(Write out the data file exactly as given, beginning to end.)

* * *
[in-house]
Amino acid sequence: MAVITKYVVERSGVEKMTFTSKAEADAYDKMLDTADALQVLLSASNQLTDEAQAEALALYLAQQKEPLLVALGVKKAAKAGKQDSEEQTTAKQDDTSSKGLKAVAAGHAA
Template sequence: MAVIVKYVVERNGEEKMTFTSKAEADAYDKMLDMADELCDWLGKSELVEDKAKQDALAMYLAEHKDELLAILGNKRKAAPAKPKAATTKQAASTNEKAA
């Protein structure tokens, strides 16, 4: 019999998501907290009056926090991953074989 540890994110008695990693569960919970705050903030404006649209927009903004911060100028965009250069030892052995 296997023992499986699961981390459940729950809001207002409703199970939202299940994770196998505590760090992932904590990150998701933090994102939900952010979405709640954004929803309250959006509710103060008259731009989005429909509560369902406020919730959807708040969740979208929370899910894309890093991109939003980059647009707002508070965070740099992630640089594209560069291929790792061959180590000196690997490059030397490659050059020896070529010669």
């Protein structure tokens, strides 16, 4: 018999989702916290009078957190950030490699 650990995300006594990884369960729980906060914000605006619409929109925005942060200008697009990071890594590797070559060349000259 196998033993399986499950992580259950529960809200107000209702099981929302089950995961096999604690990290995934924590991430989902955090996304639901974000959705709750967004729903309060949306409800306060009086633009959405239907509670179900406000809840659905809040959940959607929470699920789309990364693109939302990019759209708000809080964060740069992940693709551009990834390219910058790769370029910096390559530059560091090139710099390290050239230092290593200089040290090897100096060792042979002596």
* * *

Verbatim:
[in-house]
Amino acid sequence: MAVITKYVVERSGVEKMTFTSKAEADAYDKMLDTADALQVLLSASNQLTDEAQAEALALYLAQQKEPLLVALGVKKAAKAGKQDSEEQTTAKQDDTSSKGLKAVAAGHAA
Template sequence: MAVIVKYVVERNGEEKMTFTSKAEADAYDKMLDMADELCDWLGKSELVEDKAKQDALAMYLAEHKDELLAILGNKRKAAPAKPKAATTKQAASTNEKAA
């Protein structure tokens, strides 16, 4: 019999998501907290009056926090991953074989 540890994110008695990693569960919970705050903030404006649209927009903004911060100028965009250069030892052995 296997023992499986699961981390459940729950809001207002409703199970939202299940994770196998505590760090992932904590990150998701933090994102939900952010979405709640954004929803309250959006509710103060008259731009989005429909509560369902406020919730959807708040969740979208929370899910894309890093991109939003980059647009707002508070965070740099992630640089594209560069291929790792061959180590000196690997490059030397490659050059020896070529010669």
């Protein structure tokens, strides 16, 4: 018999989702916290009078957190950030490699 650990995300006594990884369960729980906060914000605006619409929109925005942060200008697009990071890594590797070559060349000259 196998033993399986499950992580259950529960809200107000209702099981929302089950995961096999604690990290995934924590991430989902955090996304639901974000959705709750967004729903309060949306409800306060009086633009959405239907509670179900406000809840659905809040959940959607929470699920789309990364693109939302990019759209708000809080964060740069992940693709551009990834390219910058790769370029910096390559530059560091090139710099390290050239230092290593200089040290090897100096060792042979002596």